Energy Commissioner Kadri Simson is in talks with the media. EU countries are discussing new steps to deal with the energy crisis.
Thierry Monasse | Getty Images News | Getty Images
Several EU member states are not happy with the ceiling on natural gas prices proposed by the bloc – at 275 euros per megawatt hour – which is intended to prevent sky-high costs for consumers.
Putting a cap on gas prices has been one of Europe’s more controversial moves amid an acute energy crisis following Russia’s invasion of Ukraine.
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The 27 EU leaders gave political support to the idea at the end of October, after several months of discussions. But a handful of countries demand concrete safeguards before the proposal gets the green light, while others say the limit is too high.
“A price cap at the levels proposed by the commission is not in fact a price cap,” said Kostas Skrekas, That’s what Greece’s environment and energy minister told CNBC’s Julianna Tatelbaum on Tuesday, hours after the proposed level was set by the European Commission, the EU’s executive arm.
“So [a] price cap at 275 euros is not a price cap, no one can, can buy gas at this expensive price for a long time. We certainly believe that a price cap below EUR 200, between EUR 150 and EUR 200 would be more realistic,” he added.
EU energy ministers are meeting on Thursday to debate the proposal for a price cap.
Poland, Greece, Belgium and Spain are among the countries supporting the cap. The Netherlands and Germany are more skeptical about the benefits of the measure. Presenting a limit that seems difficult to implement in practice could be a way for the European Commission to bring all 27 countries together on this issue.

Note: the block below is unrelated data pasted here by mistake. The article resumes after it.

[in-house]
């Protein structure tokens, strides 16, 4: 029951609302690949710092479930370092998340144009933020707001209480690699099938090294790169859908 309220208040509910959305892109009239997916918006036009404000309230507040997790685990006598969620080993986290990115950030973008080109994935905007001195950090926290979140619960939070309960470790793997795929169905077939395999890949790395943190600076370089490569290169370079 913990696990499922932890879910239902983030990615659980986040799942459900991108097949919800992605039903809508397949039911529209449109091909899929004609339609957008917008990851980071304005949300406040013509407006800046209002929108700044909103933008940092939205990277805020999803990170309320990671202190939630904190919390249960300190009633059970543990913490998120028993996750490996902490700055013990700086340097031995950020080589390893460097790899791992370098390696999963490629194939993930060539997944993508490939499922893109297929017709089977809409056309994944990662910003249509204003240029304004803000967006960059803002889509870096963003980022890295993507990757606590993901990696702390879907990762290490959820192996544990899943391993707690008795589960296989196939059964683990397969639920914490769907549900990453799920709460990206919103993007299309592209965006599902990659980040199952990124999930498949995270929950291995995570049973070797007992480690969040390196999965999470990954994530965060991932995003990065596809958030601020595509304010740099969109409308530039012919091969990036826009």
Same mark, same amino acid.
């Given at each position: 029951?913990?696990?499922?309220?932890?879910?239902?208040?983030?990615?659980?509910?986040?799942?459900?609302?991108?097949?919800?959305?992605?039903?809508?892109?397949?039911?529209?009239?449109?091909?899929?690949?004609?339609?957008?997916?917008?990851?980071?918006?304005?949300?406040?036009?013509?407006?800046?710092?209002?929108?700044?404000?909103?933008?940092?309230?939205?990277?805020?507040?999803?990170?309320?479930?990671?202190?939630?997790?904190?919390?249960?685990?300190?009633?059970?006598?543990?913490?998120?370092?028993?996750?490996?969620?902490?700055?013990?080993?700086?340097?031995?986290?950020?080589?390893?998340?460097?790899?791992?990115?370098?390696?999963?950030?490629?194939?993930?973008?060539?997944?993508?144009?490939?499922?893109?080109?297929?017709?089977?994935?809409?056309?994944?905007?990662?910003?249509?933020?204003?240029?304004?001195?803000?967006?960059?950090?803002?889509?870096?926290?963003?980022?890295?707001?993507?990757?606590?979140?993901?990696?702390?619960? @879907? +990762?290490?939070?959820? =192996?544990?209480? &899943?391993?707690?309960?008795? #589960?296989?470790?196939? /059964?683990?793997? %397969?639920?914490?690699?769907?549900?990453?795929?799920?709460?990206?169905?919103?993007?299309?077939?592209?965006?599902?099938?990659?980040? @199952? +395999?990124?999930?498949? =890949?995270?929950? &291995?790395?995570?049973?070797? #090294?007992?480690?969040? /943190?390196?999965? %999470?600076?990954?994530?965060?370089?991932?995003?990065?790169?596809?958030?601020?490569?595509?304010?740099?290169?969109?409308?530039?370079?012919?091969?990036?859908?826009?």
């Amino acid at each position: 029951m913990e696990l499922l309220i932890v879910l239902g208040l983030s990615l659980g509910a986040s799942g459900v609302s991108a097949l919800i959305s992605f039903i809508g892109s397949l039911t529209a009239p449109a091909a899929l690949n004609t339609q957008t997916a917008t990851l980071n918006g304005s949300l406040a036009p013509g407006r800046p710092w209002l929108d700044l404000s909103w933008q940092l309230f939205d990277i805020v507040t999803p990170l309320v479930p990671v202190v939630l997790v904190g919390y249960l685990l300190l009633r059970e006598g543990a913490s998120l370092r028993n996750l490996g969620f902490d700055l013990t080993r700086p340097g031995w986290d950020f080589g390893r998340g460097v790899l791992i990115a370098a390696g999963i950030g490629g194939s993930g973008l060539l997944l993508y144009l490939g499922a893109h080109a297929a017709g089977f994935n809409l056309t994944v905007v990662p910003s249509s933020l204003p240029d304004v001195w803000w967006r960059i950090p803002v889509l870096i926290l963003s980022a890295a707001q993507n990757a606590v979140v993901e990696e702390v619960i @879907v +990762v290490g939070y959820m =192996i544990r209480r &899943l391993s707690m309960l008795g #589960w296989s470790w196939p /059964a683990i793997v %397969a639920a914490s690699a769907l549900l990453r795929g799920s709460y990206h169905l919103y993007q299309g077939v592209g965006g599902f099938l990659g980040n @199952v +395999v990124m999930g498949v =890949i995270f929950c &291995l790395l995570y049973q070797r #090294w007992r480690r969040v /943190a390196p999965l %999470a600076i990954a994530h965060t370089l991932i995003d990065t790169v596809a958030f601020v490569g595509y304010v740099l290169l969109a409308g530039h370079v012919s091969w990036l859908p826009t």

“It’s going to be a meeting of grumpy people,” an EU official working for one of the member states, who preferred to remain anonymous due to the sensitive nature of the discussions, told CNBC of the upcoming meeting.
The same official said the commission should provide further assurances on how the measure will not distort markets.
Speaking at a press conference Tuesday, Kadri Simson, Europe’s energy commissioner, said the proposal is “balanced” and will help the bloc avoid excessively high prices.
A group of energy exchanges in Europe, Europex, said earlier this week that it was also “deeply concerned” about a market correction mechanism, as it could affect financial stability, but also security of supply.
Simson said the proposal, known as the market correction mechanism, or MCM, has taken this into account and that “the risks are minimal” to the offering.
The committee proposed the introduction of a limit on the prices on the title transfer facility for the first month [TTF] – Europe’s main benchmark for natural gas prices – reaches €275 per megawatt hour and when prices are €58 ($59.53) higher than the LNG reference price for 10 consecutive trading days within two weeks. Both conditions must be met for the limit to activate.
Dutch TTF prices reached a historic high of 349.9 euros per megawatt hour in August. Under the proposal, the price cap would not have been triggered as it was only a short spike.
“This is not a panacea,” Simson said at a press conference on Tuesday. However, she added that the measure is “a powerful tool that we can use when we need it”.
“Everyone is aware of the potential risks, but there is a clear expectation. We will send signals that despite the difficult situation, we will not pay for whatever the market platform brings to market participants – as it happened in August,” she said.
The European natural gas price closed on Tuesday evening at 124.5 euros per megawatt hour.